A substantial example, of elegant form, with a complex grooved blade.
A 16th hooded katar with the wide, ribbed blade that is characteristic for this period.
A very early example of the type, with locally made rapier style blade.
With chevron patterned blade of alternating types of steel.
With lunette pommel of ivory plates.
With markings attributing it to Jalore.
A very fine, long and slender example with elaborate golden damascening.
An impressively large kasthāné, dating from the 18th century.
A number of downsized Indian toradar with such lavish inl
Made of steel, decorated with fine gold overlay in a pattern of swastikas.
With a hilt that is of typical southern form, with a cupped base and langets.
An unusual cross-cultural mix, blending Burmese, Japanese and Indian parts.
The best of its kind known to me, with silver overlay and ivory finial.
A Sinhalese knife with lavish silver mounts and overlay.
An unusual type with a broad leaf-shaped head with deep sunken panels.
A massive example weighing just over 800 grams. With scabbard.
Indian loop hilted dagger are generally called bichuwa (बिछुवा )
With a blade of 17th-century European manufacture, with trader's name on it.
A north Indian bichuwa dagger with recurved blade and richly decorated hilt.
Iron lockbox with key, decorated with the gold koftgari normally seen on arms.
A nice example of a rare type of weapon from the Sinhalese arsenal.
Persian wootz shamshir in a talwar hilt from Lahore.
With wootz blade, and silver overlaid hilt that was finished with fire-gilding.
The hilt inlaid with silver, once blued for added contrast.
With wootz blade, Marwari style hilt, and its original red velvet scabbard.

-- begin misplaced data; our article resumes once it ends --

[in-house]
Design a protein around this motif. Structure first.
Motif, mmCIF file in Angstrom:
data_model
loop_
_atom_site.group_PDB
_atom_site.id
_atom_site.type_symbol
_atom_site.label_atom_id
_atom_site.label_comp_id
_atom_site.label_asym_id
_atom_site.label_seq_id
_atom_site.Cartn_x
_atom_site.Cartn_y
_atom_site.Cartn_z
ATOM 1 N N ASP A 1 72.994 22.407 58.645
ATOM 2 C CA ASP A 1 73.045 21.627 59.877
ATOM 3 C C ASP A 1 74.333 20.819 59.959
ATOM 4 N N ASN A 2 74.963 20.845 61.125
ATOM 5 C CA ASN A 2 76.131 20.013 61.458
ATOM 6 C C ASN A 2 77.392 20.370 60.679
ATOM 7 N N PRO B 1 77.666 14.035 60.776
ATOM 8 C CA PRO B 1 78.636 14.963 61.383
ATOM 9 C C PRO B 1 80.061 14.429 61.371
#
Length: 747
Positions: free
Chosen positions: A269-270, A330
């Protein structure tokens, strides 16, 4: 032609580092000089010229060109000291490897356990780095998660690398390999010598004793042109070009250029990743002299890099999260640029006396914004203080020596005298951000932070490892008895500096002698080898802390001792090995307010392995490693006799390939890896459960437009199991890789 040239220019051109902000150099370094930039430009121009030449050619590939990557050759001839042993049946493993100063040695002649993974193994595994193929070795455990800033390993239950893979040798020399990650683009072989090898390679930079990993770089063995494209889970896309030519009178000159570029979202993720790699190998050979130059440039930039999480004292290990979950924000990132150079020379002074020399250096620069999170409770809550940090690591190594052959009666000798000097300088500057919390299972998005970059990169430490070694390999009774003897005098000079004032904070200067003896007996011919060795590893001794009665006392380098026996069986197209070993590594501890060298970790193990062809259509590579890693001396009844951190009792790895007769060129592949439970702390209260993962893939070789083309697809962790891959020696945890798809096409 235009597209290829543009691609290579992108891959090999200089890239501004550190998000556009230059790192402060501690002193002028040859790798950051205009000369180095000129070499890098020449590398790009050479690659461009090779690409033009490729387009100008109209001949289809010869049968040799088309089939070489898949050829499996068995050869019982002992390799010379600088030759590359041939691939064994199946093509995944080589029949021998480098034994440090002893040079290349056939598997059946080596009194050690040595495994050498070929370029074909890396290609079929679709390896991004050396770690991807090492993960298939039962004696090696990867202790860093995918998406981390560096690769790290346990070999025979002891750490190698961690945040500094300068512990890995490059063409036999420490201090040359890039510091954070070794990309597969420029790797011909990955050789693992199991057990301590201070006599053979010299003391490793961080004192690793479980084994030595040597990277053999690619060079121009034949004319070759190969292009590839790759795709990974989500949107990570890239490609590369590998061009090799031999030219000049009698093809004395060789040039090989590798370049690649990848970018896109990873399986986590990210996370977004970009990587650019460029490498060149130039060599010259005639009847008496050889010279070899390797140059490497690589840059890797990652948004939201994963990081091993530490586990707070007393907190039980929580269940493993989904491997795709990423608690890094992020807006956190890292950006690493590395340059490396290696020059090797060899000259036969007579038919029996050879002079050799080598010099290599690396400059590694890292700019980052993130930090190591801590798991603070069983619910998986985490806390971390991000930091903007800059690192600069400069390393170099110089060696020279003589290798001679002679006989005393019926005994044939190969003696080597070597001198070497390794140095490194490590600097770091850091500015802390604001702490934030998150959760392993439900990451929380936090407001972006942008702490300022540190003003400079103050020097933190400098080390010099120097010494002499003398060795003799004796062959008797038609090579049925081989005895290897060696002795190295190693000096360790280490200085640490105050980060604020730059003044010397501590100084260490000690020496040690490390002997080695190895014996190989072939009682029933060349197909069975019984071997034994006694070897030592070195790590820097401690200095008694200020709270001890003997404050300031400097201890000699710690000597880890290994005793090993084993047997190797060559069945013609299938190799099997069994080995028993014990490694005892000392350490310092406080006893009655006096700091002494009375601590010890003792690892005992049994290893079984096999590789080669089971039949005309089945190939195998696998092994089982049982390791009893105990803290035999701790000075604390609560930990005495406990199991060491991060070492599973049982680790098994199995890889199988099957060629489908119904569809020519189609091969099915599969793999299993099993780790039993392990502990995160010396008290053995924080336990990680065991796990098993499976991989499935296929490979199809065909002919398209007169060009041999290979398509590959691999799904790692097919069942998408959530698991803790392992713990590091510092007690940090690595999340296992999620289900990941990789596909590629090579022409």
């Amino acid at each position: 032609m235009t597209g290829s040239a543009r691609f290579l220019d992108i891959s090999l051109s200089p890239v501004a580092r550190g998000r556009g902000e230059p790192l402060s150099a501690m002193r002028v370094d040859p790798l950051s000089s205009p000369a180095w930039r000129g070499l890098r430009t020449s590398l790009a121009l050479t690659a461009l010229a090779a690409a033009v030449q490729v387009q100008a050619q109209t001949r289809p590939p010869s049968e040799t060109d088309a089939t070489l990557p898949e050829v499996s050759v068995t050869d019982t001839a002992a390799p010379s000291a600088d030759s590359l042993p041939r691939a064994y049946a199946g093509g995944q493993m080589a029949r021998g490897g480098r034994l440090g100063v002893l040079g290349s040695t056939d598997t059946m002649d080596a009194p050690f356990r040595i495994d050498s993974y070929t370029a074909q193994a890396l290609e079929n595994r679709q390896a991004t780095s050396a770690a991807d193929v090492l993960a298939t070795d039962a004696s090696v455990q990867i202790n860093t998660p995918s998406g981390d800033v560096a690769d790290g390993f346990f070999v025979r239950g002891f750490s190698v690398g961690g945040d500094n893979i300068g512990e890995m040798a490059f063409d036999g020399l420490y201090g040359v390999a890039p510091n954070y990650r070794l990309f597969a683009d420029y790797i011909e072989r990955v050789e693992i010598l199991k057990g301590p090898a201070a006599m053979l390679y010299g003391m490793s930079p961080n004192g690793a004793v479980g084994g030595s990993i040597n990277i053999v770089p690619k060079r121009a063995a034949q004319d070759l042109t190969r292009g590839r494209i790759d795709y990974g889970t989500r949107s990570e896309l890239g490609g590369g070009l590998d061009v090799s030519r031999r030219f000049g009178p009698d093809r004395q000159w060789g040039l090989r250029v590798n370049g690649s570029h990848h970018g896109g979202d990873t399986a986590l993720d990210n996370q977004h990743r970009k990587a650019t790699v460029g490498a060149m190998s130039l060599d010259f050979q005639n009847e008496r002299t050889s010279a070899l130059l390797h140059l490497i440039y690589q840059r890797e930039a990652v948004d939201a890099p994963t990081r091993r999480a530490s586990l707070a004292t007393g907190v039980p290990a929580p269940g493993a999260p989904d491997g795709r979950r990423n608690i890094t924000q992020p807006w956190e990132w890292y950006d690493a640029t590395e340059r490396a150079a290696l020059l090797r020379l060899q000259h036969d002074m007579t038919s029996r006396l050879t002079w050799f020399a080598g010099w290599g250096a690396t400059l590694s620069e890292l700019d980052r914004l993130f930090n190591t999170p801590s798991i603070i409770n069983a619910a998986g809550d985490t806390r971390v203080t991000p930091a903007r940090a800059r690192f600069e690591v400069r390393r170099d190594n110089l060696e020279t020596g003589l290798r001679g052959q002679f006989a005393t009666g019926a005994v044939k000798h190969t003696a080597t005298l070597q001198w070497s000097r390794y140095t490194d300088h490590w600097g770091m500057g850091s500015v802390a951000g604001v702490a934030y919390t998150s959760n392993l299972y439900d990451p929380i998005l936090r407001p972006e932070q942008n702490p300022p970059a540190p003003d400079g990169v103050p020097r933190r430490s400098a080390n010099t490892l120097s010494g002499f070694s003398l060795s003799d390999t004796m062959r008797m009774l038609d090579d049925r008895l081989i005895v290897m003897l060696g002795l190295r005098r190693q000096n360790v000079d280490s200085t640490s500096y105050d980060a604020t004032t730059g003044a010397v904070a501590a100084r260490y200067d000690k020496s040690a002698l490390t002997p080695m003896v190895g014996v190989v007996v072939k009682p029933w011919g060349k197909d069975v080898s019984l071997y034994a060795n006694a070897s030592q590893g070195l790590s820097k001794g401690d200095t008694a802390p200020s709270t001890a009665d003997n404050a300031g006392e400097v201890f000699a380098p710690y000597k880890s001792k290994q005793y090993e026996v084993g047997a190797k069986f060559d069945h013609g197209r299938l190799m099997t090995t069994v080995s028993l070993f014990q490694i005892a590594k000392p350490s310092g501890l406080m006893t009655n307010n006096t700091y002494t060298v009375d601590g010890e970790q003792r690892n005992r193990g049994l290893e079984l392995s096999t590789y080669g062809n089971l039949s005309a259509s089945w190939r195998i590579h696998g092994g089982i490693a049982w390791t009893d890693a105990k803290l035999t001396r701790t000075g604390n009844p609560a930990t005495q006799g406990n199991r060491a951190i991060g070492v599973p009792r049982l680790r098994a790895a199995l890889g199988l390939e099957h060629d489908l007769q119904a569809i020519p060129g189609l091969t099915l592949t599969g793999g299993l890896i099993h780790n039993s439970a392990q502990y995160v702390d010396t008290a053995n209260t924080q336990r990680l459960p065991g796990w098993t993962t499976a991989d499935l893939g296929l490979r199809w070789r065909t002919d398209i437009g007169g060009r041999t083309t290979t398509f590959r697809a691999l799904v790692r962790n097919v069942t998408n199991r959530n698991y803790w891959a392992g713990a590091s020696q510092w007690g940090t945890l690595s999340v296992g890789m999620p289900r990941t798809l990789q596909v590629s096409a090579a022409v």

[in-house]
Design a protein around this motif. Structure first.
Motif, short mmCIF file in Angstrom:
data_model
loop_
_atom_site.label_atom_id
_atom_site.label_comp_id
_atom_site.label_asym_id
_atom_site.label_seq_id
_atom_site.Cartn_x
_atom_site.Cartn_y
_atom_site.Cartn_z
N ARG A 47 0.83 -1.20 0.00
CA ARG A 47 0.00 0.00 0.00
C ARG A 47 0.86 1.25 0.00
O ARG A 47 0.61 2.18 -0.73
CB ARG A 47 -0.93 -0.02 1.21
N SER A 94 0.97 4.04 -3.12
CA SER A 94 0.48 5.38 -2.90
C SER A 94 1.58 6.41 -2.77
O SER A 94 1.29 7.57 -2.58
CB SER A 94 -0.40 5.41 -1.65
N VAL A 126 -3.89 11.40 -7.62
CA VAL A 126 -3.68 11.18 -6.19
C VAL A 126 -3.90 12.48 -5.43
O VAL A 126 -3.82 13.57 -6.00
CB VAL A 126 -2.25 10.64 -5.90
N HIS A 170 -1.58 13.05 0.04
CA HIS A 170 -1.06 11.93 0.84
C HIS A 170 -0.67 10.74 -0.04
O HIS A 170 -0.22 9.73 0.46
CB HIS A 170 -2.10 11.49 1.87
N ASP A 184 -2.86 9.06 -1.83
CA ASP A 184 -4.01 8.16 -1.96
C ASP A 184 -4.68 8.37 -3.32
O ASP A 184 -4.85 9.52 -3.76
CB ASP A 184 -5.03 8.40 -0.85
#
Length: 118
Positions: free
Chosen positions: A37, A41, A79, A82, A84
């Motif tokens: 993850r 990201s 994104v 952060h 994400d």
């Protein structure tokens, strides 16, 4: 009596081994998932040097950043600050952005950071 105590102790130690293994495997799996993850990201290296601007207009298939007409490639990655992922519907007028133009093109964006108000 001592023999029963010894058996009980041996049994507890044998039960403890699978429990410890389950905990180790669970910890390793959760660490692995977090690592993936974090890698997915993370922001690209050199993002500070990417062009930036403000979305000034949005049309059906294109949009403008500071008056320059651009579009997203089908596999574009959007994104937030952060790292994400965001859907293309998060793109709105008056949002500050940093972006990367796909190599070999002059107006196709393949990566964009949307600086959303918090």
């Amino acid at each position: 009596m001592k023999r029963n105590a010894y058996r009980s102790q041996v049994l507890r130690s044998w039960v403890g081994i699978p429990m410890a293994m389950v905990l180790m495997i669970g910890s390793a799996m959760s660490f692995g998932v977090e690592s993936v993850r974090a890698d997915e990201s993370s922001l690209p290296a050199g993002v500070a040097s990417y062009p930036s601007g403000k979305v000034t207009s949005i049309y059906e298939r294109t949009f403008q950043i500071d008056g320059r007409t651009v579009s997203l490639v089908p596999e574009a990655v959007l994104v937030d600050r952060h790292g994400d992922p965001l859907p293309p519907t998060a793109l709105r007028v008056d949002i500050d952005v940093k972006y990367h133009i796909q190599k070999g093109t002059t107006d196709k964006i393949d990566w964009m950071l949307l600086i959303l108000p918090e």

With a very fine Persian blade of "brilliant black" wootz.
A rare example retaining its original silver covered scabbard.
A very fine example with beautifully chiseled silver pommel plate.
Possibly made in Gujarat and eventually incorporated in the Bikaner armory
The handle covered with gold damascening.
With blackened iron panels with decorative borders carved in relief.
The talwar or talvār (Hindi) is
A very crisp and complete example of its type.
Indian gauntlet sword with German blade made in Solingen.
Its blade pattern-welded and chiseled with designs of hunters and animals.
A large and heavy example with chiseled decor and silver overlaid base.
With straight blade and two opposing Yali chiseled out of the forte of the blade.
Made in the Four Workshops of the King of Kandy.
The style typical for royal katar made under Maharao Ram Singh.
Of the Malabar coast, South India.
A south Indian spearhead with a thick double-edged, symmetrical leaf-shaped
A fine Kandyan knife, or ul-pihiya, probably mid 18th century.
With wide, pattern-welded blade.
With whimsical tiger and deer decoration.
With a fine wootz blade with a pronounced center ridge.
Its decoration consists of fantastic designs of various animals, mythical and existing.
The main disadvantage of early firearms was the long time it took to reload them.
This one is for the connoisseur of blades.
The khanda represents one of the oldest forms of Indian sword
With a shield that reminds of Deccan cuirasses.
Traditionally associated with Vishnu, it was an essential piece of equipment for the Sikh nihang.
With high-contrast wootz blade and fine damascening in two tones of gold.